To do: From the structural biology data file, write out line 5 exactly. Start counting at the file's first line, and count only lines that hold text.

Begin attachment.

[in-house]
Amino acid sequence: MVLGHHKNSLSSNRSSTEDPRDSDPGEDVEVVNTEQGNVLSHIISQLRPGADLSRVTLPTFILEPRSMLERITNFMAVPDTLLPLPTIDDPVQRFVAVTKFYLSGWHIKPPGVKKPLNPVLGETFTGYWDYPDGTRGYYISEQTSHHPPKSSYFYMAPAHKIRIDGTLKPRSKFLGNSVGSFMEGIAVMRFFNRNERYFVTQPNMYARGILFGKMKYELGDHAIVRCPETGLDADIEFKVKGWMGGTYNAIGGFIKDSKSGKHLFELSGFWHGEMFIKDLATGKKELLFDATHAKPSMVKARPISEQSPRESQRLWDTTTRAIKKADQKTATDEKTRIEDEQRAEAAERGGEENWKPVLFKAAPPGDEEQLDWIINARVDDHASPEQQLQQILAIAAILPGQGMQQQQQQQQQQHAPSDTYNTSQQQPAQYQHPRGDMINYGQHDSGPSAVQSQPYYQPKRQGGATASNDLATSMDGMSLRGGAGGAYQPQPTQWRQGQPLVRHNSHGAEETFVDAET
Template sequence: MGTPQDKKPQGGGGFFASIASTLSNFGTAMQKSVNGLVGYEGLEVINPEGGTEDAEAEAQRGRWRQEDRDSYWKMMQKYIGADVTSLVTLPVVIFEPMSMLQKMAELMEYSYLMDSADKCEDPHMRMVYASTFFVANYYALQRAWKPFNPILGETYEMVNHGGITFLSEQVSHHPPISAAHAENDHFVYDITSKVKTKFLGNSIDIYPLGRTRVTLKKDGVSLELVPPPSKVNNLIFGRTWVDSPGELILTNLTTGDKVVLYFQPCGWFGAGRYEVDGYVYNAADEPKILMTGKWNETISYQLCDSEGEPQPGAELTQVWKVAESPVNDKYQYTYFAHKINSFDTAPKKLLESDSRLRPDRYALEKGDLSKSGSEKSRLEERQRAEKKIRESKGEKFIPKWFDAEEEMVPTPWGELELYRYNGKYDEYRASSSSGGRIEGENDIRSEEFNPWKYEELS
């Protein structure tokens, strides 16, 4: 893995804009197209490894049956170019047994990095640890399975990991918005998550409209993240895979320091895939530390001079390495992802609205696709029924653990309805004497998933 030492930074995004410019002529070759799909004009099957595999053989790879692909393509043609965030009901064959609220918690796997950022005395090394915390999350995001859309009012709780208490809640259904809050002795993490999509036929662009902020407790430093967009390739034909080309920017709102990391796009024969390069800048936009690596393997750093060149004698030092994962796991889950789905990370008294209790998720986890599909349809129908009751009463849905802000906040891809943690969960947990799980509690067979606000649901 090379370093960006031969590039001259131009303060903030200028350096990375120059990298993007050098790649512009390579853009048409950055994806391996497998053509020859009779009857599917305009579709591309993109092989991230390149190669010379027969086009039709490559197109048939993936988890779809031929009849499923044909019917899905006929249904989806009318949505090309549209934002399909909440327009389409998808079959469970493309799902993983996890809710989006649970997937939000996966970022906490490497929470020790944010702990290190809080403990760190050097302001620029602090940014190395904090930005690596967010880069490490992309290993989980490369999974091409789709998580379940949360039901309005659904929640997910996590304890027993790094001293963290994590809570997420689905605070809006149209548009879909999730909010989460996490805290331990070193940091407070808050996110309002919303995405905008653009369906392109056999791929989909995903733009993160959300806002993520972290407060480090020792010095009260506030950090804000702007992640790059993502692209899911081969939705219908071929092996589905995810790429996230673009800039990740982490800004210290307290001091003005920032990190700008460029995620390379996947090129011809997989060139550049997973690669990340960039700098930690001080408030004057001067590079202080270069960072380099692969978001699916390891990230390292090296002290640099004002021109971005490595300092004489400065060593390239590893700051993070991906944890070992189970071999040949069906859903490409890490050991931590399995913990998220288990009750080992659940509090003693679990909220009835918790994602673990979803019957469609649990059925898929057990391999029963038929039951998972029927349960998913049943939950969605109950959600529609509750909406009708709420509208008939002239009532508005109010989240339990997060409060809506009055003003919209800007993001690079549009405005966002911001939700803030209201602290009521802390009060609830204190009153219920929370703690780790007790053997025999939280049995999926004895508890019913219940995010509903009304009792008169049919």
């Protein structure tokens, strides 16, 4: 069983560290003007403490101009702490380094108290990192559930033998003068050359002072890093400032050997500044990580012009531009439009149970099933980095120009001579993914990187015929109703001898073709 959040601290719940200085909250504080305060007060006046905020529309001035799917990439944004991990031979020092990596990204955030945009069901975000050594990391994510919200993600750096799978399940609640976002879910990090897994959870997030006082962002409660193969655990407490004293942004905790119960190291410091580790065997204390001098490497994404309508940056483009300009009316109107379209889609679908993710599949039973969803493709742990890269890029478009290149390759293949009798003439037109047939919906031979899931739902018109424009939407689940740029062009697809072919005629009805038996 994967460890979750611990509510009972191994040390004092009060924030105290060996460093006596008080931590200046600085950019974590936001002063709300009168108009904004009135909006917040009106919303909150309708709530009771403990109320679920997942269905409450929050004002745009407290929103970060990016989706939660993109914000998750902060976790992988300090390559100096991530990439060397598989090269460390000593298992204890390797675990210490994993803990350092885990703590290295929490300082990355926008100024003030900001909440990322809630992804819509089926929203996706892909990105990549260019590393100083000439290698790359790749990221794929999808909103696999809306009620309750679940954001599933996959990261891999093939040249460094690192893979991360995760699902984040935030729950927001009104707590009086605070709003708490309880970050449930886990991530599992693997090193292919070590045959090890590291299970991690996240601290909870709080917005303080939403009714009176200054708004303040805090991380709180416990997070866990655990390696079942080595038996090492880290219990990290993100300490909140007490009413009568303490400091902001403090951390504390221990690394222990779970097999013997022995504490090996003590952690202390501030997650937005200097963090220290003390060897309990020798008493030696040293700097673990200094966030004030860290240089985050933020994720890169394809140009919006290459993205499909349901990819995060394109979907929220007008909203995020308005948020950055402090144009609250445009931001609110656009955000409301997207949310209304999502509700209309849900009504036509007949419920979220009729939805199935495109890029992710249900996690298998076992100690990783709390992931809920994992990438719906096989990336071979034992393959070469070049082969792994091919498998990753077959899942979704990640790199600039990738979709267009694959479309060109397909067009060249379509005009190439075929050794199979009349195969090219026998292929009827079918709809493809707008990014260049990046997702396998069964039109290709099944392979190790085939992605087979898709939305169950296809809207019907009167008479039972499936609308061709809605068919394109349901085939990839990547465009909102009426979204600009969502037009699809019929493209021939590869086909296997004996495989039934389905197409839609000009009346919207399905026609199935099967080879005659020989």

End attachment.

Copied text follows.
């Protein structure tokens, strides 16, 4: 069983560290003007403490101009702490380094108290990192559930033998003068050359002072890093400032050997500044990580012009531009439009149970099933980095120009001579993914990187015929109703001898073709 959040601290719940200085909250504080305060007060006046905020529309001035799917990439944004991990031979020092990596990204955030945009069901975000050594990391994510919200993600750096799978399940609640976002879910990090897994959870997030006082962002409660193969655990407490004293942004905790119960190291410091580790065997204390001098490497994404309508940056483009300009009316109107379209889609679908993710599949039973969803493709742990890269890029478009290149390759293949009798003439037109047939919906031979899931739902018109424009939407689940740029062009697809072919005629009805038996 994967460890979750611990509510009972191994040390004092009060924030105290060996460093006596008080931590200046600085950019974590936001002063709300009168108009904004009135909006917040009106919303909150309708709530009771403990109320679920997942269905409450929050004002745009407290929103970060990016989706939660993109914000998750902060976790992988300090390559100096991530990439060397598989090269460390000593298992204890390797675990210490994993803990350092885990703590290295929490300082990355926008100024003030900001909440990322809630992804819509089926929203996706892909990105990549260019590393100083000439290698790359790749990221794929999808909103696999809306009620309750679940954001599933996959990261891999093939040249460094690192893979991360995760699902984040935030729950927001009104707590009086605070709003708490309880970050449930886990991530599992693997090193292919070590045959090890590291299970991690996240601290909870709080917005303080939403009714009176200054708004303040805090991380709180416990997070866990655990390696079942080595038996090492880290219990990290993100300490909140007490009413009568303490400091902001403090951390504390221990690394222990779970097999013997022995504490090996003590952690202390501030997650937005200097963090220290003390060897309990020798008493030696040293700097673990200094966030004030860290240089985050933020994720890169394809140009919006290459993205499909349901990819995060394109979907929220007008909203995020308005948020950055402090144009609250445009931001609110656009955000409301997207949310209304999502509700209309849900009504036509007949419920979220009729939805199935495109890029992710249900996690298998076992100690990783709390992931809920994992990438719906096989990336071979034992393959070469070049082969792994091919498998990753077959899942979704990640790199600039990738979709267009694959479309060109397909067009060249379509005009190439075929050794199979009349195969090219026998292929009827079918709809493809707008990014260049990046997702396998069964039109290709099944392979190790085939992605087979898709939305169950296809809207019907009167008479039972499936609308061709809605068919394109349901085939990839990547465009909102009426979204600009969502037009699809019929493209021939590869086909296997004996495989039934389905197409839609000009009346919207399905026609199935099967080879005659020989």